Algonquin won a bid to operate the college in Jazan as part of the Saudi government-supported Colleges of Excellence initiative, which imports foreign providers to the country to offer vocational education and training. The campus in Jazan is restricted to men, in keeping with norms of gender segregation in Saudi education -- but not, as opponents of the campus would point out, in keeping with norms in Canadian public education. Algonquin’s bid to operate a women-only college was unsuccessful, though a report submitted to the board shows that Algonquin administrators were considering the possibility of opening a women's campus in Saudi Arabia as recently as June.

This despite the fact that the campus in Jazan has been troubled from the start. Algonquin, which also operates a campus in Kuwait, has struggled in Saudi Arabia with challenges related to student preparedness and attrition. “Over the course of the past two years, it has become clear that the students applying to AC-Jazan do not have the academic and social preparedness for which our academic programs were contractually designed,” a business plan for the Jazan campus presented to the board in December states.

The document states that while retention rates for the foundation year program have improved, “retention continues to be a significant challenge with more than 50 percent of students leaving the college by the end of the second trimester.”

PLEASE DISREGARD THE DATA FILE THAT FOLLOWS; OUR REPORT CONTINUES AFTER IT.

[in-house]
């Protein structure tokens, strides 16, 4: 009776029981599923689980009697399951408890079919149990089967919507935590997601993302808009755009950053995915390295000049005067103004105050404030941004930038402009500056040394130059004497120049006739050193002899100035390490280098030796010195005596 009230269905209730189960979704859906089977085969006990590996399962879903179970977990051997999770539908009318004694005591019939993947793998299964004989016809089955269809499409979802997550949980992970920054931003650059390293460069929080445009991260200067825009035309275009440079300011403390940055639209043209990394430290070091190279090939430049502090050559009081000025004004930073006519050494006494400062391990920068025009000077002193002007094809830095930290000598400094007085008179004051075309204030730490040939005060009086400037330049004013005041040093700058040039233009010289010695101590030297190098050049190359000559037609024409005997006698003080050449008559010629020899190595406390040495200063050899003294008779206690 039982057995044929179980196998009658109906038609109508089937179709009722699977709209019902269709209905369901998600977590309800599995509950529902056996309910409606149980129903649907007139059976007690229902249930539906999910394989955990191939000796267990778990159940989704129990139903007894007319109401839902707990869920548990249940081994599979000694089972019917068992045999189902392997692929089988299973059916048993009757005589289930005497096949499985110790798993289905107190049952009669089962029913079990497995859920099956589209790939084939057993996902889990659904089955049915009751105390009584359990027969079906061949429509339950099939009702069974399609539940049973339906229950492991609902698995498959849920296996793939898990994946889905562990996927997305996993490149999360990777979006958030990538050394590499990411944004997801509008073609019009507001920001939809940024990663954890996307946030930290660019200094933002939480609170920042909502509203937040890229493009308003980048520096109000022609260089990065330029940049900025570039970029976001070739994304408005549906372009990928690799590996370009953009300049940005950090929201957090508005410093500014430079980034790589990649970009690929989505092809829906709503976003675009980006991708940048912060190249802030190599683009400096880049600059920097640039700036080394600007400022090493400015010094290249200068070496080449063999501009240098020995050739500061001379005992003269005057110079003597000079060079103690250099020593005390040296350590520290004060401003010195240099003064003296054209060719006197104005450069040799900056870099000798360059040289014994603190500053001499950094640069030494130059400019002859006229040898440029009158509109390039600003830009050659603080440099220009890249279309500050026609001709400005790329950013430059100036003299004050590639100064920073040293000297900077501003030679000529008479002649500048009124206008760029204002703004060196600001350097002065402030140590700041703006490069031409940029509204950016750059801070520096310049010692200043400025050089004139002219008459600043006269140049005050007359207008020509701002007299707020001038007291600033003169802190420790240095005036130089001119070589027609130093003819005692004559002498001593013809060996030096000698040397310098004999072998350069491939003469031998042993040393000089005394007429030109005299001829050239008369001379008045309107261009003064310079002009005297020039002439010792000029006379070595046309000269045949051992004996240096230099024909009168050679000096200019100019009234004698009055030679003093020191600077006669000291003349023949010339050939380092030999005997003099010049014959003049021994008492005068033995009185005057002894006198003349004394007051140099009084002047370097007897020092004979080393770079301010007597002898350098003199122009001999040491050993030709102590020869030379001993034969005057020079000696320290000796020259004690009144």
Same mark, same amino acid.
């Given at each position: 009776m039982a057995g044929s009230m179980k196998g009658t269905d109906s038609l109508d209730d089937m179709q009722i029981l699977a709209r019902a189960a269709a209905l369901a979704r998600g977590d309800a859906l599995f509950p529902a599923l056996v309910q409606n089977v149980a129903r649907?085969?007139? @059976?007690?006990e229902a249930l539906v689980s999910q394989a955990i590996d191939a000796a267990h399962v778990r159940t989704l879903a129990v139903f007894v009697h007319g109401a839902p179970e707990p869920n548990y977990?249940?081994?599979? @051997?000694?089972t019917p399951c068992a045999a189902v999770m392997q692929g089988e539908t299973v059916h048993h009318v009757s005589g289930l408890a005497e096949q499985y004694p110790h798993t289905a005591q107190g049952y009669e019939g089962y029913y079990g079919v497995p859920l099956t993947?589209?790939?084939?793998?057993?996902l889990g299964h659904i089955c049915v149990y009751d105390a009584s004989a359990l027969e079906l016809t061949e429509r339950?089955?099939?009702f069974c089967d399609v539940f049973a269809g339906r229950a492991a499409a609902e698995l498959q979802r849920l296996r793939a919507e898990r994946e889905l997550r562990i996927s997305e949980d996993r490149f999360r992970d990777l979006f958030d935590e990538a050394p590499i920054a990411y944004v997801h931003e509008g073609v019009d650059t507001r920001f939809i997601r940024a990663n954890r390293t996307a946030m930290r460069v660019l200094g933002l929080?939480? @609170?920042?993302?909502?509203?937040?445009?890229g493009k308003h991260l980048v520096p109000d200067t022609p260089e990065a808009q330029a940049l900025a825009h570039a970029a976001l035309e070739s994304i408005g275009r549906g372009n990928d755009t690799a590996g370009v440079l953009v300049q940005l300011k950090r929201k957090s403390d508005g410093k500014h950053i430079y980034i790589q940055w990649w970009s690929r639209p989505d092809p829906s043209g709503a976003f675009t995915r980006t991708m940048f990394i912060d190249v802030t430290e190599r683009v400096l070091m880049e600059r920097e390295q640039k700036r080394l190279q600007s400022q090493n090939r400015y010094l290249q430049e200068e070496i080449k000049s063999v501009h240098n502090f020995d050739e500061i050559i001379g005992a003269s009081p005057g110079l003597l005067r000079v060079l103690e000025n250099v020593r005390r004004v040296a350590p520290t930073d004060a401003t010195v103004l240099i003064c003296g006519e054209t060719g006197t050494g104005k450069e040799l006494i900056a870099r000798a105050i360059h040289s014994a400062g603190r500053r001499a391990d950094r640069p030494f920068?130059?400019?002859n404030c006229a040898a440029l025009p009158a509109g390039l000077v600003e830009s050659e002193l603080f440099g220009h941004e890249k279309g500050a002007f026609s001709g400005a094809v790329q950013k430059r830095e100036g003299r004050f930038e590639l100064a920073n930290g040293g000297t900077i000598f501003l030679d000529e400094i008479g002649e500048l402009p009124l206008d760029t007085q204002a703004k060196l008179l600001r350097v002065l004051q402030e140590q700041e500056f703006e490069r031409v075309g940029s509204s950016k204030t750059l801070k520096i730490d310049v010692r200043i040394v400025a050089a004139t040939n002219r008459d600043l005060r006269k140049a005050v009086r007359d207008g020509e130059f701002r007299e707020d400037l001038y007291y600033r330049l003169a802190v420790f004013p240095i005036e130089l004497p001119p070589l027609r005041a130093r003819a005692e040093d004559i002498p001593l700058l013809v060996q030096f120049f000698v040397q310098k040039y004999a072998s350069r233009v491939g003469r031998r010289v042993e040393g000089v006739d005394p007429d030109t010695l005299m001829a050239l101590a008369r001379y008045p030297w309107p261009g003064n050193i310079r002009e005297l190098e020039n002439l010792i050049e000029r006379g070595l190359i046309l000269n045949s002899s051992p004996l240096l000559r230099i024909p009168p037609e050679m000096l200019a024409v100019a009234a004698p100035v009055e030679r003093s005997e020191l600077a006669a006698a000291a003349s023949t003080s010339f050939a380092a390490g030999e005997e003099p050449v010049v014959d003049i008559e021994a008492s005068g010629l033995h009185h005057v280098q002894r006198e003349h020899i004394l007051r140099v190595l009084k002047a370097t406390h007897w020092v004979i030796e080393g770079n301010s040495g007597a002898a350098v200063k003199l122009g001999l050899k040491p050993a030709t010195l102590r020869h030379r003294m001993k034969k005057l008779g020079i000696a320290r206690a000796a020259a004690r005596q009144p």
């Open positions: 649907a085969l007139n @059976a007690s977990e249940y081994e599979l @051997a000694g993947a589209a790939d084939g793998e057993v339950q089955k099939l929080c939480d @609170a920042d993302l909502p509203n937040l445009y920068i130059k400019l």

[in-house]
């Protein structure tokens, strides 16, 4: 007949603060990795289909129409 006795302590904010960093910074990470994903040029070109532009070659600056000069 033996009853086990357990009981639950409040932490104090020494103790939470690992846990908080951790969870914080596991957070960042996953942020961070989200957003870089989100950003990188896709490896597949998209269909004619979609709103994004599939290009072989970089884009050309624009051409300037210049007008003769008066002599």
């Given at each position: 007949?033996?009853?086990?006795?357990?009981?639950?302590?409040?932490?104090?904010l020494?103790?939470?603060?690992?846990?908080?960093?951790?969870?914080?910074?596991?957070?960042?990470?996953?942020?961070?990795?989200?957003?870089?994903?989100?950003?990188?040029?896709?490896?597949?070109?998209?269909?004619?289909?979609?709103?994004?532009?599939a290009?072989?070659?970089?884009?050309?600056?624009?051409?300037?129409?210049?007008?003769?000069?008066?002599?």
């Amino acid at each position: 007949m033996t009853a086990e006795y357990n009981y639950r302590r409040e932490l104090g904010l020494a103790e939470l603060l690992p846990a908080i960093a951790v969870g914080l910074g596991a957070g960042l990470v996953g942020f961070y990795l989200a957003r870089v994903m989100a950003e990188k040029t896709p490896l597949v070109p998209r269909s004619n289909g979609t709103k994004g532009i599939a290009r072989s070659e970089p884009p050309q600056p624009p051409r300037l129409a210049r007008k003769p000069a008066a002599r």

An Algonquin spokeswoman declined Inside Higher Ed’s requests for an interview, saying that administrators are not granting interviews while they negotiate the terms of the college’s exit. She referred Inside Higher Ed’s reporter to Algonquin’s news release, which quotes Doug Wotherspoon, the vice president for international and strategic planning. “Our goal is to work with Colleges of Excellence to ensure a smooth transition,” Wotherspoon said. “We want to provide Colleges of Excellence time to accommodate students’ needs before we fully withdraw from the campus.”

The press release did not offer any further details about what those accommodations will entail. The fall semester is due to start Sept. 18.

The news release makes no mention of concerns raised by faculty members about human rights issues in Saudi Arabia and the issue of gender segregation specifically.

Earlier this summer, the executive director of the Canadian Association of University Teachers, David Robinson, sent a letter to Algonquin’s president expressing serious concerns about its decision “to operate in a repressive country known for its severe clampdown on freedom of expression, mass executions and gender-based discrimination and violence.” Robinson sent a nearly identical letter to the president of Niagara College Canada, which also operates a men-only campus in Saudi Arabia under the Colleges of Excellence initiative.